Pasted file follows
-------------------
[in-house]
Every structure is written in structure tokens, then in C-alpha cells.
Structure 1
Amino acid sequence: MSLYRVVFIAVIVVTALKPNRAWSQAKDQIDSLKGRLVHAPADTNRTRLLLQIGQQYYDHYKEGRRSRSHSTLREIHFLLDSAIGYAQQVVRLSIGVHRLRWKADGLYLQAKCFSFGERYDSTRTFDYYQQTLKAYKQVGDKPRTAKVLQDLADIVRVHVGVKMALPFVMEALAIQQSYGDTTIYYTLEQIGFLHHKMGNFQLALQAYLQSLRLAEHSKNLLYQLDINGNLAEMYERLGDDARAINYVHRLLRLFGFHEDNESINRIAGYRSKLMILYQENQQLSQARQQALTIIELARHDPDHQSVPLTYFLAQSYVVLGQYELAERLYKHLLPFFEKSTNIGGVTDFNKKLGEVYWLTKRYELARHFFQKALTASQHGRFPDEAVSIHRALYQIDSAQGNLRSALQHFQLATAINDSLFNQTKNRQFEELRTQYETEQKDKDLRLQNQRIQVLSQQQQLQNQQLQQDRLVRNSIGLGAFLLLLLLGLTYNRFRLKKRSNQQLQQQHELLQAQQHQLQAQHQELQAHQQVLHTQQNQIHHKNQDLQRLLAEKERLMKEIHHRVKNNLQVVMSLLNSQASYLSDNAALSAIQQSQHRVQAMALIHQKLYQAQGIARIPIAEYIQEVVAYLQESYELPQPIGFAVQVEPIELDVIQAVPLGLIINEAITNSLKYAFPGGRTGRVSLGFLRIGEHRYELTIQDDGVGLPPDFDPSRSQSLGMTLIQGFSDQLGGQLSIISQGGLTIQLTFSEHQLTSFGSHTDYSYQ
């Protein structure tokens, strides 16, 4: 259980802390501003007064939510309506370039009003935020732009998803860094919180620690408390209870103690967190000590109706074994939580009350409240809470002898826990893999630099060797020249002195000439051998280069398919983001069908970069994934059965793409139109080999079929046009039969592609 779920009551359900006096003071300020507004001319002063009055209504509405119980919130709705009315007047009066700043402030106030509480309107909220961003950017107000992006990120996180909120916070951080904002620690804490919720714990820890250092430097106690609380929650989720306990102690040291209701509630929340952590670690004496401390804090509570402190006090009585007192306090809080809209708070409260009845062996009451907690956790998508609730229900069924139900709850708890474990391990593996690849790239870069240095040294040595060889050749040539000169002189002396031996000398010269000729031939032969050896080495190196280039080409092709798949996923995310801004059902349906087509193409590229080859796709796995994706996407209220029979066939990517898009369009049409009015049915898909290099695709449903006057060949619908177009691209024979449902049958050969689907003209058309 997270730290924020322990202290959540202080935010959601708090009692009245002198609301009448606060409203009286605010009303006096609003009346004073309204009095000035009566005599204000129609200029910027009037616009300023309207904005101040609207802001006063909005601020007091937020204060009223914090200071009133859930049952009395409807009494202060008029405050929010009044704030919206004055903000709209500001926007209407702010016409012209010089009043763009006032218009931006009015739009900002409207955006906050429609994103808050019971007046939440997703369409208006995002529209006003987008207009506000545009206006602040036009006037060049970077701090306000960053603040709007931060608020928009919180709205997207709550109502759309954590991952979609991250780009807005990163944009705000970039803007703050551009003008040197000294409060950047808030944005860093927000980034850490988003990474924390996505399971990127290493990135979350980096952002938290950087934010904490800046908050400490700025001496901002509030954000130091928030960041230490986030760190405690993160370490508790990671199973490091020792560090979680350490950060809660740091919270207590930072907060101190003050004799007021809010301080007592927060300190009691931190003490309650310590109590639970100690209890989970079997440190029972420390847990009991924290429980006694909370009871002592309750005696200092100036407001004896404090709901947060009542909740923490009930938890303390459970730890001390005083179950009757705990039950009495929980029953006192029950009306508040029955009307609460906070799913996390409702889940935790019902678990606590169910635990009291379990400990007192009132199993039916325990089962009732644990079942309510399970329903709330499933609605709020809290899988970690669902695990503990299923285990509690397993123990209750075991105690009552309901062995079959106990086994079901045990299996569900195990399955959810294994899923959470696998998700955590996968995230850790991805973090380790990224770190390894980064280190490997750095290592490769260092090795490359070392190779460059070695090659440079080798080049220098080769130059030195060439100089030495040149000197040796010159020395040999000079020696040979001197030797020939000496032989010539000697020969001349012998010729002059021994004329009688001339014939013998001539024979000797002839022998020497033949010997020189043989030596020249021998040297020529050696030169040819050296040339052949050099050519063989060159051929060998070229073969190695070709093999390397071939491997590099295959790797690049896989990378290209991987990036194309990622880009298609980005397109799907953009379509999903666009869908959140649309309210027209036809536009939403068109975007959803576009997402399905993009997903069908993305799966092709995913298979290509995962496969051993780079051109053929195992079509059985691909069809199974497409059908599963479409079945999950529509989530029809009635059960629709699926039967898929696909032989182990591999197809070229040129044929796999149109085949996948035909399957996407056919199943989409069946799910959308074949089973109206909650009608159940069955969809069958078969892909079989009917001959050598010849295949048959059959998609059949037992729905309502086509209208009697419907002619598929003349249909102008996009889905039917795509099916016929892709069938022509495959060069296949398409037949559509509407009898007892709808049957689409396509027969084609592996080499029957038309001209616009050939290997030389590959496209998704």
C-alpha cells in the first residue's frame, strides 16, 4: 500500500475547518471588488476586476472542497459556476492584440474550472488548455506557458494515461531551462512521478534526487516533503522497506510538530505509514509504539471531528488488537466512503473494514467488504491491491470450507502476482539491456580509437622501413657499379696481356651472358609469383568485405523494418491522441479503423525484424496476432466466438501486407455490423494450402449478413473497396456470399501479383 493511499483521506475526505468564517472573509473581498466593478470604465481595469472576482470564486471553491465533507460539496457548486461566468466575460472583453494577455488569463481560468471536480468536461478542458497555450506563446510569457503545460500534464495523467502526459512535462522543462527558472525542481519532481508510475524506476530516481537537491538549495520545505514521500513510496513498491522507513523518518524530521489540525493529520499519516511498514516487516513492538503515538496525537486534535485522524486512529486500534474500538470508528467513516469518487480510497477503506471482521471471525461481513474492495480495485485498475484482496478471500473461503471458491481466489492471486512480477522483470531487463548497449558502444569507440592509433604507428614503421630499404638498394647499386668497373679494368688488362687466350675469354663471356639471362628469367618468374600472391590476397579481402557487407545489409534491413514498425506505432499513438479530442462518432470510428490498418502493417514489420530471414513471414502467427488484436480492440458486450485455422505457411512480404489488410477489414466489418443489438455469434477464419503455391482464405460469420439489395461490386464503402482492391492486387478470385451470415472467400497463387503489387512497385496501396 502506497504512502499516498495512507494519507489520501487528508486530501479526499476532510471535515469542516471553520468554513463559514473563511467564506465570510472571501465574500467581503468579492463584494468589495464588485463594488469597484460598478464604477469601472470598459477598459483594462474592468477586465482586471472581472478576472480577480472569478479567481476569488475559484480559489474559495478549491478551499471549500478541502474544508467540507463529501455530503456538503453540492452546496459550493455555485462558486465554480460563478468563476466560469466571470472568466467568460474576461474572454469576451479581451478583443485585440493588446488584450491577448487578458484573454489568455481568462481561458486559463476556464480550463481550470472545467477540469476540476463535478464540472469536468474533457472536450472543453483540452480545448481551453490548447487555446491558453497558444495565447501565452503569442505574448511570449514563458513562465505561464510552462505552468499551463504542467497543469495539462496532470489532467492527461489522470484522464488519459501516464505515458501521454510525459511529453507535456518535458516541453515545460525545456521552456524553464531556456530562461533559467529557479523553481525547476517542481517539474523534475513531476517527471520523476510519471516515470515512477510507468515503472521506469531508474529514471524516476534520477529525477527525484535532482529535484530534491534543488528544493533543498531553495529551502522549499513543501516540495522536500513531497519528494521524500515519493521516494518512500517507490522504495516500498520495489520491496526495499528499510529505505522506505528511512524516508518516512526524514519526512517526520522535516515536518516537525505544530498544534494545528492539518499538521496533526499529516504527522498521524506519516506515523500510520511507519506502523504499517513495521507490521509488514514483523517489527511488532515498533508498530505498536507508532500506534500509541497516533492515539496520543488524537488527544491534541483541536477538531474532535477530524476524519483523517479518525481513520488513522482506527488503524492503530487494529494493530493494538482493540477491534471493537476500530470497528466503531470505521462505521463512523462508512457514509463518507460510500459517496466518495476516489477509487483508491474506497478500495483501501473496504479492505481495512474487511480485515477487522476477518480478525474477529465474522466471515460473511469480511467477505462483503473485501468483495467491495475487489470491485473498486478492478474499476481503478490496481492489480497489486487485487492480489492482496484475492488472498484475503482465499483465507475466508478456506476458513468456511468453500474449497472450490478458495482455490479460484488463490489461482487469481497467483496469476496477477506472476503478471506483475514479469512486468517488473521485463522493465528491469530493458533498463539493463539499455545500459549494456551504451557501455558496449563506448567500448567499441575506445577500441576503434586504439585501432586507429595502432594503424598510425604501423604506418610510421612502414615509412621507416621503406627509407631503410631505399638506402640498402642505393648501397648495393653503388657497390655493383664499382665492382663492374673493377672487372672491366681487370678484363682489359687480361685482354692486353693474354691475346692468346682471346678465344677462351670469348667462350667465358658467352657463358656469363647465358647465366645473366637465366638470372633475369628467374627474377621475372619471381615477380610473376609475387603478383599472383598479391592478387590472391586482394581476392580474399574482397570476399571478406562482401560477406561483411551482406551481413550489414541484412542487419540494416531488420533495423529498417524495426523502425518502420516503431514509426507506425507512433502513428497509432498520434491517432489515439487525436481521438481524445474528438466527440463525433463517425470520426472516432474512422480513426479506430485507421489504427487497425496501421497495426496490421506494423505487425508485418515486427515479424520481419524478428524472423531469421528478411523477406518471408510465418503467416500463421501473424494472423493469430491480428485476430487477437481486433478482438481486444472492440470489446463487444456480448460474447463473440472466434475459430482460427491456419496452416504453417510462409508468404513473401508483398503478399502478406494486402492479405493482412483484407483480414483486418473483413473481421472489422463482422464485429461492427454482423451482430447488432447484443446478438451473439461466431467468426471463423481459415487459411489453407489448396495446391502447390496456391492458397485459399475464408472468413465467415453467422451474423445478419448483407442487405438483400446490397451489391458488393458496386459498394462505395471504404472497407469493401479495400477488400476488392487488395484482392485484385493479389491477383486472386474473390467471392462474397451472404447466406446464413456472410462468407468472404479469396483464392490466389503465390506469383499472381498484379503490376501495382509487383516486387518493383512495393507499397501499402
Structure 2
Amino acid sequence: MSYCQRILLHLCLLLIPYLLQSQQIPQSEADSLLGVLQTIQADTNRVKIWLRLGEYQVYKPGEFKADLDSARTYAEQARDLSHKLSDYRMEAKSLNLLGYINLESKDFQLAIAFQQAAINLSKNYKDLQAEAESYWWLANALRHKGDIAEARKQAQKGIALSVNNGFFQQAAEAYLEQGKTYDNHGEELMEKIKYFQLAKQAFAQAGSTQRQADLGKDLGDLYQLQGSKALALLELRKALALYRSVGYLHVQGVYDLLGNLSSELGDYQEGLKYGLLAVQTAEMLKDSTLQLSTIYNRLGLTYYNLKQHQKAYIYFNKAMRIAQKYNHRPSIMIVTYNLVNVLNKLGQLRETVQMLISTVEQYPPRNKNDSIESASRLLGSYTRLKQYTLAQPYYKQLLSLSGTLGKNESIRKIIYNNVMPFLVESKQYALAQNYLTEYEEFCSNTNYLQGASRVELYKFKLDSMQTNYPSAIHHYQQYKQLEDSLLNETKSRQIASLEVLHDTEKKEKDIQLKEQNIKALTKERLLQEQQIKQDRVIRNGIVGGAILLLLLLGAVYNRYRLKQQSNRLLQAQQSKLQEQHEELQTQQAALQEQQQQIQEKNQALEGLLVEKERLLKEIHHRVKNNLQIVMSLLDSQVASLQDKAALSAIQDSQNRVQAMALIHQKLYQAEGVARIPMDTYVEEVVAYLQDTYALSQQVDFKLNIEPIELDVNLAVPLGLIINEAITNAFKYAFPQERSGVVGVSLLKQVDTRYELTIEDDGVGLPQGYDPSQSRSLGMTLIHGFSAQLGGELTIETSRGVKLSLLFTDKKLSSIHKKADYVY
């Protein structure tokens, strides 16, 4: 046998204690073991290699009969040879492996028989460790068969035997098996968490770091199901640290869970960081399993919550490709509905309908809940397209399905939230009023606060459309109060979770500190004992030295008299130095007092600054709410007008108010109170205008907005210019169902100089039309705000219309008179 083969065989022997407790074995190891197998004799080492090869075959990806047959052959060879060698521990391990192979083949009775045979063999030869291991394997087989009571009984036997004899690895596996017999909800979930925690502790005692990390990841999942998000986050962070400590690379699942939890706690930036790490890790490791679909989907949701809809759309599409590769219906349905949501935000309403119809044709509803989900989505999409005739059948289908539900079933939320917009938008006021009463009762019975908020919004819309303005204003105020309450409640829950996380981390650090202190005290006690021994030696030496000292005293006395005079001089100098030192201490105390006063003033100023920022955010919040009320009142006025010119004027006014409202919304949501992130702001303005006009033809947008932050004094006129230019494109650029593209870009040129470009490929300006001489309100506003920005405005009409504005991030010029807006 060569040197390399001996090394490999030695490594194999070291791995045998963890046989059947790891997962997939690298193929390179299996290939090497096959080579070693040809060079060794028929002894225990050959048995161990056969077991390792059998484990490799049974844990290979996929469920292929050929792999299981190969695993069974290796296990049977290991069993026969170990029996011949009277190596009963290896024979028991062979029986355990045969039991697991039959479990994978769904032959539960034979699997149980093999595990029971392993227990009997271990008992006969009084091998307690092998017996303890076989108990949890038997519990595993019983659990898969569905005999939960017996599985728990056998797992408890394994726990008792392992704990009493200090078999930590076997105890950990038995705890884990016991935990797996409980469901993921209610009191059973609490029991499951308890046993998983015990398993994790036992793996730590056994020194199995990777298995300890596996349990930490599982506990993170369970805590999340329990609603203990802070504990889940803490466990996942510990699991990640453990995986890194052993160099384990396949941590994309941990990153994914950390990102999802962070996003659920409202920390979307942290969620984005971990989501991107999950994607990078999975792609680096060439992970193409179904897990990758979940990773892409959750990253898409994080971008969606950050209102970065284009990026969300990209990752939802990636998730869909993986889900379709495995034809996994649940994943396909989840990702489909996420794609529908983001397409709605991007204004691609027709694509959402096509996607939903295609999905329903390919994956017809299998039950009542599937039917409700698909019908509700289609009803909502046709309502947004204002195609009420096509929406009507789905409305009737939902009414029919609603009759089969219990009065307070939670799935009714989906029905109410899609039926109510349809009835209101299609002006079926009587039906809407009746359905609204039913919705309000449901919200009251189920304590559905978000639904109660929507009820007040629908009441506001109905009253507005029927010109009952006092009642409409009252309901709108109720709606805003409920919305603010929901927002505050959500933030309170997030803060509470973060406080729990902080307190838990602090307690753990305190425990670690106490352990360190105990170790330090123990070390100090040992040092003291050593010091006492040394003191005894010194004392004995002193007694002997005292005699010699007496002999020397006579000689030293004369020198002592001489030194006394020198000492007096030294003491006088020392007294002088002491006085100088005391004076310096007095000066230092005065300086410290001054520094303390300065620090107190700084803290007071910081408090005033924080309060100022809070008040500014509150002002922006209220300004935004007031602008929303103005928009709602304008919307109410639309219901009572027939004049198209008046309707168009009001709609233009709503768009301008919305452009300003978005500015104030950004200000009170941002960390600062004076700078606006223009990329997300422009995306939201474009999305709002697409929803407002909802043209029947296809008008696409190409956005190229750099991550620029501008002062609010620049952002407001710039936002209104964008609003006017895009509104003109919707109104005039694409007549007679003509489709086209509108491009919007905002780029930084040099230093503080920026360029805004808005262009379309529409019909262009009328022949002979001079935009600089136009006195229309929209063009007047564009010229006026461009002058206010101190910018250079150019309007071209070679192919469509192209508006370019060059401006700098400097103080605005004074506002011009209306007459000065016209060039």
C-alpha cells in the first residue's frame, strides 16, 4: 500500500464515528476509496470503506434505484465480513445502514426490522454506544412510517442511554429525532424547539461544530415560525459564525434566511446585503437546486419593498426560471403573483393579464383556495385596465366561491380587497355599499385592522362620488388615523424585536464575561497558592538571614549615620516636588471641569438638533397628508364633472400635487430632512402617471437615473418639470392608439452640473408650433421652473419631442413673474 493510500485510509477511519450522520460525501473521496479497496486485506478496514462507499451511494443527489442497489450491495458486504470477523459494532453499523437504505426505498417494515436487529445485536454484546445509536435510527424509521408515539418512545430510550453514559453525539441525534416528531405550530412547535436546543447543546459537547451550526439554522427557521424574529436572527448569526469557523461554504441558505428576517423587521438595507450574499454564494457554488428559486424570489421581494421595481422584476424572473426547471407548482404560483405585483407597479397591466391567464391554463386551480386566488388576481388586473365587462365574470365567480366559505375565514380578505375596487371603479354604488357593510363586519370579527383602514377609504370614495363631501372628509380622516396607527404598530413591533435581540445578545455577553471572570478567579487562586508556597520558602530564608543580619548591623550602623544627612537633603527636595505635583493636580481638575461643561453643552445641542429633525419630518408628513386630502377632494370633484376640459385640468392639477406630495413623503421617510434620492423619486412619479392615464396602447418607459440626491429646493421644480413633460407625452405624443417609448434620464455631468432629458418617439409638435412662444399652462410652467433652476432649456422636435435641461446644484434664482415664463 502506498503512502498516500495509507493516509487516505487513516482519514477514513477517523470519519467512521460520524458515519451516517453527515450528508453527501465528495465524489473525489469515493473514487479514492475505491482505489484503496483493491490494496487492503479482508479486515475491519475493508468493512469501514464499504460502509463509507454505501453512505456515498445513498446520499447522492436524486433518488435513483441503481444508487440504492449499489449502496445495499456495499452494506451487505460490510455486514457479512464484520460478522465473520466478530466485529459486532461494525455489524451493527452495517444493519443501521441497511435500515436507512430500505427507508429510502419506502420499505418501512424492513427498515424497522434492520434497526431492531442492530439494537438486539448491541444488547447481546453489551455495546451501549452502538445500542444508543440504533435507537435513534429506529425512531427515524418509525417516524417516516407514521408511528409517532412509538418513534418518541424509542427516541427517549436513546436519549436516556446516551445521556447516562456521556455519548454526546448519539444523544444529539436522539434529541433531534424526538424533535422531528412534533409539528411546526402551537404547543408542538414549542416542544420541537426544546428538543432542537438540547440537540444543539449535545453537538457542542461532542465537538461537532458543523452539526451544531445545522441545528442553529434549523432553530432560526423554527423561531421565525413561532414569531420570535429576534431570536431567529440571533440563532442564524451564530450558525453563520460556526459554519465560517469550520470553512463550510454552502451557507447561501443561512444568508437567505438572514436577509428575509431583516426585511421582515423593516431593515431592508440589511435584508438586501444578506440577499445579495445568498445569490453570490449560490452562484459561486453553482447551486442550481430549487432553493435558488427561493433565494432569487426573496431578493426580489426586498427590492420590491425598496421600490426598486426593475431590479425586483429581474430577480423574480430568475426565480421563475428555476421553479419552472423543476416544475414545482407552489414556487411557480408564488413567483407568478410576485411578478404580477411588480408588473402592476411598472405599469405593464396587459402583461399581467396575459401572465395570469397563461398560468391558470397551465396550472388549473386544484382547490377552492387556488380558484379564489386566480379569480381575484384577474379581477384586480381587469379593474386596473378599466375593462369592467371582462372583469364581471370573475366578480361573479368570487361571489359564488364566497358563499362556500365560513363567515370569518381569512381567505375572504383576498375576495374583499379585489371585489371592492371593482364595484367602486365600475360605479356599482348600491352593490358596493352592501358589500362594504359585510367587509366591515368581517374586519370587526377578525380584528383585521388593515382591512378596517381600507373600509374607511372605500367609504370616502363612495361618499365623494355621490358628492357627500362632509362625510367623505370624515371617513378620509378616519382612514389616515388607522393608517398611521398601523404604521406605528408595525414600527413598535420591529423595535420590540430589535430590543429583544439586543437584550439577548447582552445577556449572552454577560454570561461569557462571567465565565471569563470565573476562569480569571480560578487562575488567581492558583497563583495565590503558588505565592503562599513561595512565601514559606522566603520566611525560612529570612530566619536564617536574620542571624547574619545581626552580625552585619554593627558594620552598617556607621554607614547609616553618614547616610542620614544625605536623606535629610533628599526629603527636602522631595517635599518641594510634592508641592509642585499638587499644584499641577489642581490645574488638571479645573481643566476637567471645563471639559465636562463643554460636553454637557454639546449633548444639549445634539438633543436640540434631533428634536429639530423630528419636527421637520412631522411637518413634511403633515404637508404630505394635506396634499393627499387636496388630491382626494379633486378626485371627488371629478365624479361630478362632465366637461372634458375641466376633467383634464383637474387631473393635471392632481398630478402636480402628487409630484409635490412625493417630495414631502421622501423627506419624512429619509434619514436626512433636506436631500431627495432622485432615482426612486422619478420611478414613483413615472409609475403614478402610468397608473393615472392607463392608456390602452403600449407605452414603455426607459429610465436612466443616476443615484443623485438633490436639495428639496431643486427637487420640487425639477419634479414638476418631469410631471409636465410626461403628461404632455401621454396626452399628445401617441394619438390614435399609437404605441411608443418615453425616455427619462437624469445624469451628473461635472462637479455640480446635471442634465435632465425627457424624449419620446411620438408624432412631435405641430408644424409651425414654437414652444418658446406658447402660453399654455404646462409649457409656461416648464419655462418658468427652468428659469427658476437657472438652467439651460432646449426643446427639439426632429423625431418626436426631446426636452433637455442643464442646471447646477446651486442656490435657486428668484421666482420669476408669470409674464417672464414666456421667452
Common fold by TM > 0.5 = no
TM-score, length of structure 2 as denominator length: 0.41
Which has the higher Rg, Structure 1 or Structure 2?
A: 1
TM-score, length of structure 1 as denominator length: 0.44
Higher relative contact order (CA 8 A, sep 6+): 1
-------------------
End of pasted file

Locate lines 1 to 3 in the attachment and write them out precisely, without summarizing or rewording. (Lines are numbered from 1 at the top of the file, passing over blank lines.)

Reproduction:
[in-house]
Every structure is written in structure tokens, then in C-alpha cells.
Structure 1